7. Read a book (or blog).

        The things we read are like food to our brain. If you are out of ideas, it’s time to feed your brain with great materials.

        Here’s a list of 40 books you can start off with. Stock your browser with only the feeds of high quality blogs, such as Lifehack.org, DumbLittleMan, Seth Godin’s Blog, Tim Ferris’ Blog, Zen Habits or The Personal Excellence Blog.

        Check out the best selling books; those are generally packed with great wisdom.

        8. Have a quick nap.

        If you are at home, take a quick nap for about 20-30 minutes. This clears up your mind and gives you a quick boost. Nothing quite like starting off on a fresh start after catching up on sleep.

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        9. Remember why you are doing this.

        Sometimes we lose sight of why we do what we do, and after a while we become jaded. A quick refresher on why you even started on this project will help.

        What were you thinking when you thought of doing this? Retrace your thoughts back to that moment. Recall why you are doing this. Then reconnect with your muse.

        10. Find some competition.

        Nothing quite like healthy competition to spur us forward. If you are out of ideas, then check up on what people are doing in your space.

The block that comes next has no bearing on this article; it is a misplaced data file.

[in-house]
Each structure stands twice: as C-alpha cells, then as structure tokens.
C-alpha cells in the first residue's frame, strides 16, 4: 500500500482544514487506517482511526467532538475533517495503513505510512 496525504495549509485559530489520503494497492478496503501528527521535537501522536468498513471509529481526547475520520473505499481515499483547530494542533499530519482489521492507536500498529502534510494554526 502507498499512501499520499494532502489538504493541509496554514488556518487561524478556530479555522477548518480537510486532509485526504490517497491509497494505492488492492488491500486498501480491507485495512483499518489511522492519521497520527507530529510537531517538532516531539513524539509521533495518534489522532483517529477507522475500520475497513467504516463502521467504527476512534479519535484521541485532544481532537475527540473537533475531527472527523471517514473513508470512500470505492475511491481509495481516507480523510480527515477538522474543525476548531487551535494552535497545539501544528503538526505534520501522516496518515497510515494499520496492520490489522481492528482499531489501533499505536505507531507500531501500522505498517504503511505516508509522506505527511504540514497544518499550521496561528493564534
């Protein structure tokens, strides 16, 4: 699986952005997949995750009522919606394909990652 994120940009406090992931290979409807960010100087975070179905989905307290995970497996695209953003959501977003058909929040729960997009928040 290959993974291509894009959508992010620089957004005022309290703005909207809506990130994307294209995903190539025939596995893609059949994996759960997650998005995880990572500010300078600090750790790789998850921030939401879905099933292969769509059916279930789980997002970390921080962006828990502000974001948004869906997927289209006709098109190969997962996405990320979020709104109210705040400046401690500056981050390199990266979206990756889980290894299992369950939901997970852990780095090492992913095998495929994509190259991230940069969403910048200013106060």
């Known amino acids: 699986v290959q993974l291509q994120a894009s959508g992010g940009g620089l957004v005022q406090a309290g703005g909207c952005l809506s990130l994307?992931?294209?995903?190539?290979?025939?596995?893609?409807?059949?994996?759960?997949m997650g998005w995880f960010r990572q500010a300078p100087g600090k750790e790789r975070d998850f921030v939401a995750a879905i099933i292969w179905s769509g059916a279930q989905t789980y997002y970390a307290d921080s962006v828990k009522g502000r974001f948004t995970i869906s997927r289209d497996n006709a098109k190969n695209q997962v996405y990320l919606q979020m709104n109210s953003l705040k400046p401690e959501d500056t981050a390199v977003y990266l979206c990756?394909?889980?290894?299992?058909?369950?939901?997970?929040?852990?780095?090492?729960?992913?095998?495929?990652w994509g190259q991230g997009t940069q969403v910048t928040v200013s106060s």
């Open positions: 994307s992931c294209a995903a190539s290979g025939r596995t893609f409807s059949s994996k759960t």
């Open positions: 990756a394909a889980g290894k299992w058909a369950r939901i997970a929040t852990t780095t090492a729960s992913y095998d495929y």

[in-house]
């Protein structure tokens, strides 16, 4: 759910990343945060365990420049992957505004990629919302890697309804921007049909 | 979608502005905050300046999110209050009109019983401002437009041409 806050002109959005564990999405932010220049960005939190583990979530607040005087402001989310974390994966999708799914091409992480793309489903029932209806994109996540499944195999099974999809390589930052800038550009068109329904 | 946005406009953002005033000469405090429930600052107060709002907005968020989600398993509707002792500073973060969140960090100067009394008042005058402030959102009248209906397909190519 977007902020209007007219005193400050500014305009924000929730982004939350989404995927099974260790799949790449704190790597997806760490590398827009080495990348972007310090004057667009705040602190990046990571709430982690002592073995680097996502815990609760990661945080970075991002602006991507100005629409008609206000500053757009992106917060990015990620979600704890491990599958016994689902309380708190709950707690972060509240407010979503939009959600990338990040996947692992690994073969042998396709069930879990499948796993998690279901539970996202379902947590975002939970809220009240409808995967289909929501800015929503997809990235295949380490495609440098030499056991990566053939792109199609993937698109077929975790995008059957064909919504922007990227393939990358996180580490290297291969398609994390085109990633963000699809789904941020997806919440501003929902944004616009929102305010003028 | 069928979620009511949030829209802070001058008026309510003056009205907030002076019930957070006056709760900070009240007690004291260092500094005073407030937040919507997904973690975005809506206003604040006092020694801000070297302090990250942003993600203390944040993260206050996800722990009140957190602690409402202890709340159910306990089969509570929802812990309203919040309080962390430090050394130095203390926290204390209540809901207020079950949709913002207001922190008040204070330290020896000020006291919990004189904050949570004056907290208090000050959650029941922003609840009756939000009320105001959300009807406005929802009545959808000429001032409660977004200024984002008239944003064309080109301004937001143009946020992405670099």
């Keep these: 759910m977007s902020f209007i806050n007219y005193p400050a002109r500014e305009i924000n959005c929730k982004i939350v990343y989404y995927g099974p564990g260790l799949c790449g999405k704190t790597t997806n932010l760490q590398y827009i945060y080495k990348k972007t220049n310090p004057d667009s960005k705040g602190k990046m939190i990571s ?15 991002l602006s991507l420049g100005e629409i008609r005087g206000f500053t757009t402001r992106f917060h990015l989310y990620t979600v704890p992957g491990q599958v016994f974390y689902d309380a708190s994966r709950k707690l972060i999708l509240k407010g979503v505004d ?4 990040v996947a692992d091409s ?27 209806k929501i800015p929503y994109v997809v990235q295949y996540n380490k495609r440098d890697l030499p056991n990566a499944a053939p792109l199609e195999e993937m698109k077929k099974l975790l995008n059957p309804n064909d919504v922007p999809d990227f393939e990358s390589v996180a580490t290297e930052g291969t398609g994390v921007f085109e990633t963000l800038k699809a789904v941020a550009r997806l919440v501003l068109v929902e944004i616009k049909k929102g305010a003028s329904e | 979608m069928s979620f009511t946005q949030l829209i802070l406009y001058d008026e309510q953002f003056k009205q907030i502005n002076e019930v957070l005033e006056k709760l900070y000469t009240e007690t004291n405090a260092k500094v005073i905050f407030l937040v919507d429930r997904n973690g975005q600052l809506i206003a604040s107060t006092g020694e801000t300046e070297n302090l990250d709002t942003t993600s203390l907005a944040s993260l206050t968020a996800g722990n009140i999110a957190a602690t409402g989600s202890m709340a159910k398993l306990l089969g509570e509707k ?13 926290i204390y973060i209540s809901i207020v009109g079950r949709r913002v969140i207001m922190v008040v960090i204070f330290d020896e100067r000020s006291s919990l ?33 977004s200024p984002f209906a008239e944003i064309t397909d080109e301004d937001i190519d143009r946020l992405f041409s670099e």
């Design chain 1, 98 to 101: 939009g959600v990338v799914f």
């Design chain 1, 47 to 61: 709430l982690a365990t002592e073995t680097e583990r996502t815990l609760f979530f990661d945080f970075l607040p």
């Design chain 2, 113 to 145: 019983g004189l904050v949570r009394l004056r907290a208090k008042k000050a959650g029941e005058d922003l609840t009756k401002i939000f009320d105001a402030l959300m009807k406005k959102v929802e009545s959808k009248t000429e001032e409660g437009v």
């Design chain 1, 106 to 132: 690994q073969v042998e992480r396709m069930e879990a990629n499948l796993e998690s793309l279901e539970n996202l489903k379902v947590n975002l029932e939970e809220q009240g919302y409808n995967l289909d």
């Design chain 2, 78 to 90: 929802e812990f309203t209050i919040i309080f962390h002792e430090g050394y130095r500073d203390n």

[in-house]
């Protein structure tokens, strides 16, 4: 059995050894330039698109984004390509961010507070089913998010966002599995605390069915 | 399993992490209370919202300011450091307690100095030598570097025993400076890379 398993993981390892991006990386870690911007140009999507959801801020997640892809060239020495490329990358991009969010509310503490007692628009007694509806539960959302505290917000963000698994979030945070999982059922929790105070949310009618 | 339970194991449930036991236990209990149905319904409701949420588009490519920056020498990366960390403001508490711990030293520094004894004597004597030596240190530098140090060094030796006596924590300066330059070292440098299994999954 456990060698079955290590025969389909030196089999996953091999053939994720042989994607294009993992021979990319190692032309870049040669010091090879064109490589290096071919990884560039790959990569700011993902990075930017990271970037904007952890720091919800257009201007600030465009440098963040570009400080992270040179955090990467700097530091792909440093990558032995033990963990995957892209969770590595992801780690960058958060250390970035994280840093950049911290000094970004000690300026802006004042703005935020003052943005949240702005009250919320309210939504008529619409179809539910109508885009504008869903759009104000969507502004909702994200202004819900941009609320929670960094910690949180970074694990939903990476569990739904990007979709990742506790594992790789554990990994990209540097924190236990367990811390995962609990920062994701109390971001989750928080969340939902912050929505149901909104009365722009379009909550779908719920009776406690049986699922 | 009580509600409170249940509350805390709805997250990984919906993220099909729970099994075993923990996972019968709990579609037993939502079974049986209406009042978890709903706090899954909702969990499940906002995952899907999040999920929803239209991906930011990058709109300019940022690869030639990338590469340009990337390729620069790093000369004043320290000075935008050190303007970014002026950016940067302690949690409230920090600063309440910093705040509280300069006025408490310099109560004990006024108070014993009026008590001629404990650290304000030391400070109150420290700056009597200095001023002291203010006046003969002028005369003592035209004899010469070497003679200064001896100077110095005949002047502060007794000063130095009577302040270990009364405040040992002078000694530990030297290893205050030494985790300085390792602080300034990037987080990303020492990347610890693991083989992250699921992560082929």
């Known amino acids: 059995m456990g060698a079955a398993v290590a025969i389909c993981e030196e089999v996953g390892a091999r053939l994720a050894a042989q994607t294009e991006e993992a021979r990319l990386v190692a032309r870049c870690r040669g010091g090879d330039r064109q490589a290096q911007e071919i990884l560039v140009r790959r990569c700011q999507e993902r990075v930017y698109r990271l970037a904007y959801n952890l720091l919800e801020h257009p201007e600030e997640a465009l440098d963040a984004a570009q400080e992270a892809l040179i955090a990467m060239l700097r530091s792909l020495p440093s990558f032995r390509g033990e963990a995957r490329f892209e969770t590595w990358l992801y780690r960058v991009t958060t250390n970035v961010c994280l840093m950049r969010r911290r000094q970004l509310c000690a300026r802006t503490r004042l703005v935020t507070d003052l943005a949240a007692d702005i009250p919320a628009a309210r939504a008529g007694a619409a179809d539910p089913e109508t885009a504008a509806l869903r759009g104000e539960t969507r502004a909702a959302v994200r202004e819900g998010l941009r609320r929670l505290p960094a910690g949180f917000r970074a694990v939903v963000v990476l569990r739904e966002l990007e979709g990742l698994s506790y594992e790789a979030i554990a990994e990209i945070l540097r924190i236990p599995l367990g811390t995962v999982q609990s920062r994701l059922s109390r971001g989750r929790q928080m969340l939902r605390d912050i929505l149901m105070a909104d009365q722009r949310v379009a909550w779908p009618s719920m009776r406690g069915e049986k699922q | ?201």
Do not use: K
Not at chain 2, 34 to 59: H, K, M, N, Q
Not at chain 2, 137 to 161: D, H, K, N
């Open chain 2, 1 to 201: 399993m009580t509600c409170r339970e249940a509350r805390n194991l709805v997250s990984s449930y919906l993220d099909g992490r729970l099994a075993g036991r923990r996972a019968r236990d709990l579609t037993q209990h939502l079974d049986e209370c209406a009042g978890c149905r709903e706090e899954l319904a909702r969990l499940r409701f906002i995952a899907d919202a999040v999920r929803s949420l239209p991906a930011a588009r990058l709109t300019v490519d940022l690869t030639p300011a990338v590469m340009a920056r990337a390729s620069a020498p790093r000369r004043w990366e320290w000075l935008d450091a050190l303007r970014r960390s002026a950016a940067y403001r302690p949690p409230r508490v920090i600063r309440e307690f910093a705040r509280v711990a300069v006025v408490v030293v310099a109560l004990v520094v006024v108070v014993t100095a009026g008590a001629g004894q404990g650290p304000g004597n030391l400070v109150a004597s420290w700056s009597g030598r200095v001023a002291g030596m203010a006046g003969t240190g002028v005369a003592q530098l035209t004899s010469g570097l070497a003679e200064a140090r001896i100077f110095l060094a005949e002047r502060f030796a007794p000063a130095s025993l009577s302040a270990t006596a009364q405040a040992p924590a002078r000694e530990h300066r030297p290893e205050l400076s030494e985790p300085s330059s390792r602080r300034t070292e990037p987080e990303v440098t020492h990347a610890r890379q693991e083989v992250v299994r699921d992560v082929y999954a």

Colleagues at work, competitors in the industry, competitors’ products and websites, networking conventions.. you get the drill.

        11. Go exercise.

        Since you are not making headway at work, might as well spend the time shaping yourself up.

        Sometimes we work so much that we neglect our health and fitness. Go jog, swim, cycle, whichever exercise you prefer.

        As you improve your physical health, your mental health will improve, too. The different facets of ourselves are all interlinked.

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        Here’re 15 Tips to Restart the Exercise Habit (and How to Keep It).

        12. Take a good break.

        Ruts are usually signs that you have been working too long and too hard. It’s time to get a break.

        Beyond the quick tips above, arrange for a 1-day or 2-days of break from your work. Don’t check your (work) emails or do anything work-related. Relax and do your favorite activities. You will return to your work recharged and ready to start.

        Contrary to popular belief, the world will not end from taking a break from your work. In fact, you will be much more ready to make an impact after proper rest. My best ideas and inspiration always hit me whenever I’m away from my work.

        Take a look at this to learn the importance of rest: The Importance of Scheduling Downtime

        More Resources About Getting out of a Rut

        Featured photo credit: Joshua Earle via unsplash.com